Brian. I have to go back to an earlier posting of mine. After spending 35 years designing and building transmissions, there is "no such thing as indestructable gearbox" they will always let you down when you least expect it.
Here's an interesting theory. We have all been using rib's for a long time and have come to live with the exceptional sea keeping.
When was the last time you went out in a fast hard boat?
Last year I was invited to sea trial a new engine set up in a well known make of powerboat.40 foot, lots of HP and supposingly very quick.
It was not a particularly nice day but not that bad that you would stay at home. As came out of the harbour with the loud sticks open she shot up to 55 knots which was very impressive, but as we headed West along the Solent it got very interesting and the proud owner soon had her back to 20 knots because the boat couldn't take it.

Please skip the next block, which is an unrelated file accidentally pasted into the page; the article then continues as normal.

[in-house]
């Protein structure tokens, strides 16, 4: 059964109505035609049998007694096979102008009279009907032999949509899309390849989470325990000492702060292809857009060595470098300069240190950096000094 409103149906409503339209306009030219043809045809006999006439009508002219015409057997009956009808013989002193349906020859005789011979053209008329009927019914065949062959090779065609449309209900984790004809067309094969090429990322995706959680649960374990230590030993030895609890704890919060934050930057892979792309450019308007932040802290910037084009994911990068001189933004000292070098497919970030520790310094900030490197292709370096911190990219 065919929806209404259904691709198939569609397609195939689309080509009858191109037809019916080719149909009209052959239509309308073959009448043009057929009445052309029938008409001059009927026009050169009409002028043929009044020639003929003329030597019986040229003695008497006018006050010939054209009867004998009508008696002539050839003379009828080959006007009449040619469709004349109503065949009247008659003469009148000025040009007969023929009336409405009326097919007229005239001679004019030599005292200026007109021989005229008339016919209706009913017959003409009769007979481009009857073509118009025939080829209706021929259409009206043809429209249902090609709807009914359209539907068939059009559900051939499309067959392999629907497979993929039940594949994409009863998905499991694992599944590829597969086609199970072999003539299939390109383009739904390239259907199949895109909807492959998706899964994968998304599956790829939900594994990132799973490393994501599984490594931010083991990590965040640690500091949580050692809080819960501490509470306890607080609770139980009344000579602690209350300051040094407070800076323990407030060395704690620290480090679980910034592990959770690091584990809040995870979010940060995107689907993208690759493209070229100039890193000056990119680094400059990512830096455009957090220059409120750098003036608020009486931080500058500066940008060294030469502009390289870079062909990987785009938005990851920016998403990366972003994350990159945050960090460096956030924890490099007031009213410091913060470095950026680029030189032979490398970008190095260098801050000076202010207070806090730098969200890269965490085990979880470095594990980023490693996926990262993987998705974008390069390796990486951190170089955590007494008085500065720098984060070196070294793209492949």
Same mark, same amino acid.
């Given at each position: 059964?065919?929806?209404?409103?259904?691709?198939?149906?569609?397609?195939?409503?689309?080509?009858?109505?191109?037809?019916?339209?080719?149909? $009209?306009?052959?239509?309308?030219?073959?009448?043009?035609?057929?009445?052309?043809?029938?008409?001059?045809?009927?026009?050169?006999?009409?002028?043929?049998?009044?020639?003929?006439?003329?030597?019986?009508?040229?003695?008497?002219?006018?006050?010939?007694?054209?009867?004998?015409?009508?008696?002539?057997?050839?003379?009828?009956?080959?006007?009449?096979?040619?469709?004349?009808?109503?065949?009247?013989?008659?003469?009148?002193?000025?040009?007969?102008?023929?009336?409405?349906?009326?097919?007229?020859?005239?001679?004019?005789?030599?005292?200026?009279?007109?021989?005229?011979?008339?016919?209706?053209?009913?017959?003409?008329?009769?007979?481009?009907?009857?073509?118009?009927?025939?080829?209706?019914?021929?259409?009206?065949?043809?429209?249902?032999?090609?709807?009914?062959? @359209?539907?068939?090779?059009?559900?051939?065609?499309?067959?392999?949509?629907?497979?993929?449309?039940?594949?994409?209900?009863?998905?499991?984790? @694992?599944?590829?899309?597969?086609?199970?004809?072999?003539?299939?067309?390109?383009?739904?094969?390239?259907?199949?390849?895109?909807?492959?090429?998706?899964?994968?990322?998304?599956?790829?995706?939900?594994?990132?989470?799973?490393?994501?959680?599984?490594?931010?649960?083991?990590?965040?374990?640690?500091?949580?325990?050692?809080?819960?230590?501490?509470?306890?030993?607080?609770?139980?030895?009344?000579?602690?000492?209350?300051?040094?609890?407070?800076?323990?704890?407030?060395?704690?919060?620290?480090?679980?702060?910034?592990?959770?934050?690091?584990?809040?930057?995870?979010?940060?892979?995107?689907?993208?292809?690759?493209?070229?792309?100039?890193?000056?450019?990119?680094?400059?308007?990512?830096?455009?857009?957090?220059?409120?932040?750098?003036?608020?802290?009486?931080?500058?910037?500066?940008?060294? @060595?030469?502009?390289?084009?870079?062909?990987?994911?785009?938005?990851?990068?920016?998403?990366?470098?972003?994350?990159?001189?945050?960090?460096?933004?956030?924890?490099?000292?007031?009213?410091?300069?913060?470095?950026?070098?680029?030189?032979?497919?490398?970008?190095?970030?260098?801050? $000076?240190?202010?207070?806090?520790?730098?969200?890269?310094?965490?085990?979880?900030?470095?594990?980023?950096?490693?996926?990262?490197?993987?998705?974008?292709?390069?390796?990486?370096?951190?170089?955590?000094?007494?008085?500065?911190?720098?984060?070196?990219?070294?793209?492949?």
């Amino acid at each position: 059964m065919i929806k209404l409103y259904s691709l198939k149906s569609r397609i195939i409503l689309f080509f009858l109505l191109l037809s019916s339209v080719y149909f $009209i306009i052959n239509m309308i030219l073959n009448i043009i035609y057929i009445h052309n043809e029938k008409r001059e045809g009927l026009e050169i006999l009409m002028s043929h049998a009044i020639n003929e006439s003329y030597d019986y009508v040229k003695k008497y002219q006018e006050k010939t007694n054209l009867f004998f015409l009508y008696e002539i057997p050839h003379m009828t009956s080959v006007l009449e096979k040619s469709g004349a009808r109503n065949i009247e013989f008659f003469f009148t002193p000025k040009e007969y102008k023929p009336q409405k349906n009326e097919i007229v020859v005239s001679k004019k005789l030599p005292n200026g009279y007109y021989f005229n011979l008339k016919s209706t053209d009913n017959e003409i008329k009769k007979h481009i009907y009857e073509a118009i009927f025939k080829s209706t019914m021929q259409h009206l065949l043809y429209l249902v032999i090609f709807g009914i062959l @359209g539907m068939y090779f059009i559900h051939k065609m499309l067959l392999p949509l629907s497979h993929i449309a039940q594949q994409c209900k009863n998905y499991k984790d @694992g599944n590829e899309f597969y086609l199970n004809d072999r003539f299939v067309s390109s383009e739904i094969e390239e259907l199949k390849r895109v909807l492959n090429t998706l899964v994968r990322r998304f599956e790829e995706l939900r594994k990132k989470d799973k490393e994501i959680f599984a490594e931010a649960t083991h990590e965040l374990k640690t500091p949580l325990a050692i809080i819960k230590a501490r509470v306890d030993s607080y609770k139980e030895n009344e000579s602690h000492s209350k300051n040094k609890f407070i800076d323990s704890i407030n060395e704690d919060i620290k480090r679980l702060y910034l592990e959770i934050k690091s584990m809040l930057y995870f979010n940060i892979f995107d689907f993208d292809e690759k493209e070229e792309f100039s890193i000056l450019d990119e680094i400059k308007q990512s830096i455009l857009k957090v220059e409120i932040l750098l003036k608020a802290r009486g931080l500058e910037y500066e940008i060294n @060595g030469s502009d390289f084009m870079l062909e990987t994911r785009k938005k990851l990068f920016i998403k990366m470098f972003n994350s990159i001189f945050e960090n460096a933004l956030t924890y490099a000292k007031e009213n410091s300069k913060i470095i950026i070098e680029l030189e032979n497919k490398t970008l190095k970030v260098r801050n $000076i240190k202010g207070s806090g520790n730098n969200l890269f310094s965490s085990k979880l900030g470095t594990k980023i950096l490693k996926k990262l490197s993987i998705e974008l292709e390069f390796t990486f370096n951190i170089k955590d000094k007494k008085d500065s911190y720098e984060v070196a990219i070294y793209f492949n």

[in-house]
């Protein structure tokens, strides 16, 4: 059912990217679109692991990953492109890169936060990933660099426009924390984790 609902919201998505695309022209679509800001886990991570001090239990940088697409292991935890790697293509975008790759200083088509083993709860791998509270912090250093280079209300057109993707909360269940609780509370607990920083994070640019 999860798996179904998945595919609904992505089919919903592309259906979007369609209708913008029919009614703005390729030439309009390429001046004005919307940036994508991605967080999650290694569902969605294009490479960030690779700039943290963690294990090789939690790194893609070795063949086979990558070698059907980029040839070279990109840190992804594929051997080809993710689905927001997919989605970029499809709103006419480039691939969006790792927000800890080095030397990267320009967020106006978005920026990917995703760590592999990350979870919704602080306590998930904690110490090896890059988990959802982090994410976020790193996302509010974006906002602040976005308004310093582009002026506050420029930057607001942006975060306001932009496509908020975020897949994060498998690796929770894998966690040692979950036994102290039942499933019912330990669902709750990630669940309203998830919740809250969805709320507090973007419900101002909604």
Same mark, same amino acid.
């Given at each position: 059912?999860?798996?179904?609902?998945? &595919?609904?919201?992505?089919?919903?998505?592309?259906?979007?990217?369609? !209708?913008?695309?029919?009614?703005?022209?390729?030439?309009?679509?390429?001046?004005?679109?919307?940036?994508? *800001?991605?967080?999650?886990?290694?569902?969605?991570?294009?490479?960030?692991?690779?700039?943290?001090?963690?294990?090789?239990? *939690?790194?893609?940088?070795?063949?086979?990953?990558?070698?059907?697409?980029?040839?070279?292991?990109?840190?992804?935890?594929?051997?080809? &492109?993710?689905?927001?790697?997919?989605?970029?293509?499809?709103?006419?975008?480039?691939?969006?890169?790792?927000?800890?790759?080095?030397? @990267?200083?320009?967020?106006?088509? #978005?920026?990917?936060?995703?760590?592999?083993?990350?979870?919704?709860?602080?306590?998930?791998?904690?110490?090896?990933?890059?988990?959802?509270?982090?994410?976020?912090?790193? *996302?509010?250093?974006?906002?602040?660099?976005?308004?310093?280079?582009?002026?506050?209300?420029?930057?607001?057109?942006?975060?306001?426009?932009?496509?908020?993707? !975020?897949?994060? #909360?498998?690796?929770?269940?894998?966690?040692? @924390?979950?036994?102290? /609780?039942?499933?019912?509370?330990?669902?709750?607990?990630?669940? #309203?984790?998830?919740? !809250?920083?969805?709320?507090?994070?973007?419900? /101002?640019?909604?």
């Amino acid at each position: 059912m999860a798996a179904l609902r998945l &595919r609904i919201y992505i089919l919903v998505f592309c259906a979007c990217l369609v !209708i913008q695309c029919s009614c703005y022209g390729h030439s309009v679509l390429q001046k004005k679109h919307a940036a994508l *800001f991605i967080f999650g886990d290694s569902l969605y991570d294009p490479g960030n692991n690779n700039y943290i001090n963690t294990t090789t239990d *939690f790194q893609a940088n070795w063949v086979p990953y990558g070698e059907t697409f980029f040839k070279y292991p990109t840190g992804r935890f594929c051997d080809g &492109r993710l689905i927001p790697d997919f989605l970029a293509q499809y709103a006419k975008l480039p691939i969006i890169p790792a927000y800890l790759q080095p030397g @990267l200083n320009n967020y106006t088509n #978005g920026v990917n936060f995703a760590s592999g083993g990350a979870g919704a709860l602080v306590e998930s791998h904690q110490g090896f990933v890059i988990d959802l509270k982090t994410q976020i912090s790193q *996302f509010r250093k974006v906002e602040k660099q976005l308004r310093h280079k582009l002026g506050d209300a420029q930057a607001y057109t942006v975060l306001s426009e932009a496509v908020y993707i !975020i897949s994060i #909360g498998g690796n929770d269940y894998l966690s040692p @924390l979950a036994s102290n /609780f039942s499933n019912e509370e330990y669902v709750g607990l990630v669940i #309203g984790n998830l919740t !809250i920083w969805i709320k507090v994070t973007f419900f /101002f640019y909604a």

(as a side line, the only time I have broken any bones in a boat was in a Class 1 which landed so hard I put my elbow through two ribs).
Now then on to my theory. Because the type of boat we use is very safe and handles bad weather better than a hard boat we tend to use them more than say, the average Sunseeker owner who would rather stay in the marina than have the crap beat out of them. The Sunseeker owner rarely has drive unit problems and the rib owner lives on a knive edge everytime they go out expecting the outdrive to go bang.
Why is this? because we expect to much from the units that are available and untill someone comes up with a hardening process or design that doesn't break it is something we are going to have to live with.
My recommendation is to keep the outdrive oil clean and the prop in the water. For referenace Still Never Enough had over 1200 hours on her Yamaha out drive, this was after the North Atlantic trip and a full throttle blast from Tower Bridge to Monaco (99hours 12 min 15 sec) Spirit travelled over 20,000 miles on her origanal outdrive before being changed to go around the world. It is the luck of the draw